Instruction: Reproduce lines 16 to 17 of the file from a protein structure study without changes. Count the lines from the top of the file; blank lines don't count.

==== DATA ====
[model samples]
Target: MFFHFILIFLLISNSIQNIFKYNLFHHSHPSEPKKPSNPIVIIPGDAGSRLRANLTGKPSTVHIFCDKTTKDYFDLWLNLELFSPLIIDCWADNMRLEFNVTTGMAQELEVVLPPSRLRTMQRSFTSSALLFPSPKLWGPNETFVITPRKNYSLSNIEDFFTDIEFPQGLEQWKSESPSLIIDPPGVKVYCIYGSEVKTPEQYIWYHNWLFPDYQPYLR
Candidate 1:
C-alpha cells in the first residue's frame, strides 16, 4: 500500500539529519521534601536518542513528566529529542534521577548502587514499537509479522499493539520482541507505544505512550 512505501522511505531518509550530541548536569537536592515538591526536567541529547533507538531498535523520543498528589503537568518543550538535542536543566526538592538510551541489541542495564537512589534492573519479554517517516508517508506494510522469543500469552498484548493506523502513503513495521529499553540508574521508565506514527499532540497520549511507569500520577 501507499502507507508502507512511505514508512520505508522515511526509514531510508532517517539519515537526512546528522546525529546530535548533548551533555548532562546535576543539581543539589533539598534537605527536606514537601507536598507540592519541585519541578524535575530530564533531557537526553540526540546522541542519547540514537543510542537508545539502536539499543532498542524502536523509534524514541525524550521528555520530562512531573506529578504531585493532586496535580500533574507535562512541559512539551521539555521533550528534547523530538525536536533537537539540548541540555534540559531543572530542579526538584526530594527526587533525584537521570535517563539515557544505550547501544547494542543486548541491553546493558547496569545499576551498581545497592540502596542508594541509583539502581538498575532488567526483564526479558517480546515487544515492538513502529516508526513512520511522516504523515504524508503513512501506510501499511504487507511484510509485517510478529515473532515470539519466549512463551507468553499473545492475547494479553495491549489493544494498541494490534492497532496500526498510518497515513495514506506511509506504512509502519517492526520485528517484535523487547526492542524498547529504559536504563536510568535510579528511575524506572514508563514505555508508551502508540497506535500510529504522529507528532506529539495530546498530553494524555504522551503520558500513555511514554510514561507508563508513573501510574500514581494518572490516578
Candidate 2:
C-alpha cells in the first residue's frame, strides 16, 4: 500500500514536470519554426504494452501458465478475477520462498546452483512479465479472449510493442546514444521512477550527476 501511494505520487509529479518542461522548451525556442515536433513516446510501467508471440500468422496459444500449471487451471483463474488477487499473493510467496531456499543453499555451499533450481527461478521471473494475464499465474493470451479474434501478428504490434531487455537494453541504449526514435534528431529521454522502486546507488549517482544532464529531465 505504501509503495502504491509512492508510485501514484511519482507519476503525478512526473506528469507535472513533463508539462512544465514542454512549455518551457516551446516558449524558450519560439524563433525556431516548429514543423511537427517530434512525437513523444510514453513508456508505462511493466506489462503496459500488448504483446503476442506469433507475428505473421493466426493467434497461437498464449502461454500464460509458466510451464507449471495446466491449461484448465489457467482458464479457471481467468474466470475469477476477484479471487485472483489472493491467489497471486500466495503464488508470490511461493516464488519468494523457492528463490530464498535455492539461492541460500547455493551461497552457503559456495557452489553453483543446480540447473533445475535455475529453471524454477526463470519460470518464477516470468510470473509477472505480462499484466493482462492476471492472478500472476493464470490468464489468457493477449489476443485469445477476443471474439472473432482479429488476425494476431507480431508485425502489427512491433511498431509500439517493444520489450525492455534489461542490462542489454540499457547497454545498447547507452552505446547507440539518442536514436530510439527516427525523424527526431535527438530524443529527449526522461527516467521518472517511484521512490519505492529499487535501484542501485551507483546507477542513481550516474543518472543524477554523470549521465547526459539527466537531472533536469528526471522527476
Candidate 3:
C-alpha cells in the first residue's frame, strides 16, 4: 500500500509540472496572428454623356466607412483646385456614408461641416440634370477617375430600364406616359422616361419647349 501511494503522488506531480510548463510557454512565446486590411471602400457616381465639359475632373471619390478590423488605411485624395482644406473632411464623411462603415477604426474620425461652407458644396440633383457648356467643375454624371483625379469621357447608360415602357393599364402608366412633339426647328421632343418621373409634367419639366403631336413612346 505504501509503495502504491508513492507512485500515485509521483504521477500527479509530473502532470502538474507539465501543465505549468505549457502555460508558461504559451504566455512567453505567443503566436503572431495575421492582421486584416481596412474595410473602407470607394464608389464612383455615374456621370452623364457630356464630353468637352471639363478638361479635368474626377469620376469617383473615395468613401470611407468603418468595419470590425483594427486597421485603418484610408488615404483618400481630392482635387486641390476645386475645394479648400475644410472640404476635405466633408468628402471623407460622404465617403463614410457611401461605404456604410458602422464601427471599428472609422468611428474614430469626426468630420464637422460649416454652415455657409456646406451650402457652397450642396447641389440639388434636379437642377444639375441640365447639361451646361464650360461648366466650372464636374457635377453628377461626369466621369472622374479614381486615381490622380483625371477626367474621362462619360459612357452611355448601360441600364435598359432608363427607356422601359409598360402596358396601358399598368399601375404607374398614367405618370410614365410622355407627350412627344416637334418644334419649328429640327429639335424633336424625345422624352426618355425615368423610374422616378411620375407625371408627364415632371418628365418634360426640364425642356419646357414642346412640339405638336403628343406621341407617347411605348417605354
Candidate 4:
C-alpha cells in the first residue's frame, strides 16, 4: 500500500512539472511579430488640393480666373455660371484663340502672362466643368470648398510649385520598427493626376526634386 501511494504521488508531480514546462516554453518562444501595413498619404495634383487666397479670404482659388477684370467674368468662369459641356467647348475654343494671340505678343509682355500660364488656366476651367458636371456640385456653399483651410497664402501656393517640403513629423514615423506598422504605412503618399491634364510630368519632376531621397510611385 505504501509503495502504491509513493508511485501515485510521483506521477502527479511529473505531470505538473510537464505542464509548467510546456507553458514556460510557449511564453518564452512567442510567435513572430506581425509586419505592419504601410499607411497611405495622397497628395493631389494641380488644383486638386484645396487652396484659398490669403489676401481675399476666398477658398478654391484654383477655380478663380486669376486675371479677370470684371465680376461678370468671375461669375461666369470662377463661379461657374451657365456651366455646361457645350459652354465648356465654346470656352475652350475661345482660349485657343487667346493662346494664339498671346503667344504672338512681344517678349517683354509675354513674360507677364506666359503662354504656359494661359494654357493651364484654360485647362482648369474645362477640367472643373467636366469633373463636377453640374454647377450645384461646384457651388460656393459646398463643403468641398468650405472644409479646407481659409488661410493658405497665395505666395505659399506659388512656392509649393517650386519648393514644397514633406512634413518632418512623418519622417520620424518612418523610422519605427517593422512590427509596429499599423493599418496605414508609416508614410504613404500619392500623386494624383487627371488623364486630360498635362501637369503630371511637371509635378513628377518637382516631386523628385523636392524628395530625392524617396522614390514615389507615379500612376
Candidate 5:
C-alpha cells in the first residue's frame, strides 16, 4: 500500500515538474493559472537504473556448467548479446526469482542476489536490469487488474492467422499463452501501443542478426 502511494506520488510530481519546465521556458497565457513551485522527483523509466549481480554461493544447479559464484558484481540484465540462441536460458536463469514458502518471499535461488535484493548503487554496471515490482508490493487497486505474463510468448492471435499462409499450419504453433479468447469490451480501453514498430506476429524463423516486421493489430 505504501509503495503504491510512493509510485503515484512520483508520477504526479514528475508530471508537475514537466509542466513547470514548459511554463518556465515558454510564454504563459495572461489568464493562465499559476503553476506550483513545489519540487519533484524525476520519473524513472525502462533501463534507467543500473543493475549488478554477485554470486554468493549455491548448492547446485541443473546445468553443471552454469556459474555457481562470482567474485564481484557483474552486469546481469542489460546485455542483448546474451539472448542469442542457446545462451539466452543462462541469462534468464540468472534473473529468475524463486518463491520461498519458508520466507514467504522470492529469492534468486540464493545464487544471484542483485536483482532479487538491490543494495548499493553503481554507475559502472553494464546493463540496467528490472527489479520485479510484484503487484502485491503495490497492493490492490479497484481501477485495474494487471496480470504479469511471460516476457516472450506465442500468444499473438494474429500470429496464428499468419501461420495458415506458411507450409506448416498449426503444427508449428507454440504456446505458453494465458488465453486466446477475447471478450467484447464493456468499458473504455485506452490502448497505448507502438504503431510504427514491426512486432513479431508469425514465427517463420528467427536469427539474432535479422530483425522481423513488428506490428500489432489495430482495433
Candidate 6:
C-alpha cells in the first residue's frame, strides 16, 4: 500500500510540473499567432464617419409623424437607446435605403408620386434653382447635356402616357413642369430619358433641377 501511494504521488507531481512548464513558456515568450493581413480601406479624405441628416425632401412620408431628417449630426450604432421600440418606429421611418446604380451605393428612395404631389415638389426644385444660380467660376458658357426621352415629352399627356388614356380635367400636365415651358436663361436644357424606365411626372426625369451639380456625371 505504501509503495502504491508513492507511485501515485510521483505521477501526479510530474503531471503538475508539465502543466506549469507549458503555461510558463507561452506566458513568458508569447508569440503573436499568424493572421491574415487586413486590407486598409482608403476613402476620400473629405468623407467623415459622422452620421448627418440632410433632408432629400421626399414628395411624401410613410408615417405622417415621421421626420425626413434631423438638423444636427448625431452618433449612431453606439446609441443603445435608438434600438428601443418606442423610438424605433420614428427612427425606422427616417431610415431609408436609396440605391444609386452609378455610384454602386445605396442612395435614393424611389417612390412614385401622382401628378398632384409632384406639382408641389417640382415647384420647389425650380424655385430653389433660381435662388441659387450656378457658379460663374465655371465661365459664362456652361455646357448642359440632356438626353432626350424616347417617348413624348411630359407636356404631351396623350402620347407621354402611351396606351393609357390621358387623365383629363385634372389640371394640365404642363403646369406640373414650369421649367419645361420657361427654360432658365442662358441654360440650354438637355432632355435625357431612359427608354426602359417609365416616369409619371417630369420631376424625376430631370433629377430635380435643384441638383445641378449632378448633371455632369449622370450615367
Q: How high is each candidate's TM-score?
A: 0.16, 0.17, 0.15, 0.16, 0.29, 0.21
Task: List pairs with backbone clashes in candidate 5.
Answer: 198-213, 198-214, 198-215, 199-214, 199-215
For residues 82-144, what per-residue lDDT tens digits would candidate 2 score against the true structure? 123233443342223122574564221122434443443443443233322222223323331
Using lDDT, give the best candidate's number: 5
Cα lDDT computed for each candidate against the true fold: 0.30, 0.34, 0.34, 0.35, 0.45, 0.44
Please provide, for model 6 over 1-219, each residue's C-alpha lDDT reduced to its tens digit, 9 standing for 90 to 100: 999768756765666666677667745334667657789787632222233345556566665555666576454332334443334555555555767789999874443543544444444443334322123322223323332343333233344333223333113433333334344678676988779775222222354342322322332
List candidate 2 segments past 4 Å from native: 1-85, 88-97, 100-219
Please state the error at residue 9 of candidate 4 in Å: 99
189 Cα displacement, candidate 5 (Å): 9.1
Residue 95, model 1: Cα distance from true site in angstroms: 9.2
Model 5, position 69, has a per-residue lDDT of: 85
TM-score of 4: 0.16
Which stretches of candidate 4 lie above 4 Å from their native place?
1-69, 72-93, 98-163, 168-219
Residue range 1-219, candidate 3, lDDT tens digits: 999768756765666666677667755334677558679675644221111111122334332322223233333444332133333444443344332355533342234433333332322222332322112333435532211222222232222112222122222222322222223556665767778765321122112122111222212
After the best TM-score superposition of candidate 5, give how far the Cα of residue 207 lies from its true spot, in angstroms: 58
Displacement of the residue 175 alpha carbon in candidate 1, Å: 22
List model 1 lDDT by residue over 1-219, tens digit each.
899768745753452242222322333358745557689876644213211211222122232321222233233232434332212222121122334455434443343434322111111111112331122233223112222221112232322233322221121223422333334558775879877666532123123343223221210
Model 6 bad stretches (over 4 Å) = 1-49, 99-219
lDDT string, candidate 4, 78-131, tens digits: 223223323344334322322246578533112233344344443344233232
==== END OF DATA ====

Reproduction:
A: 0.16, 0.17, 0.15, 0.16, 0.29, 0.21
Task: List pairs with backbone clashes in candidate 5.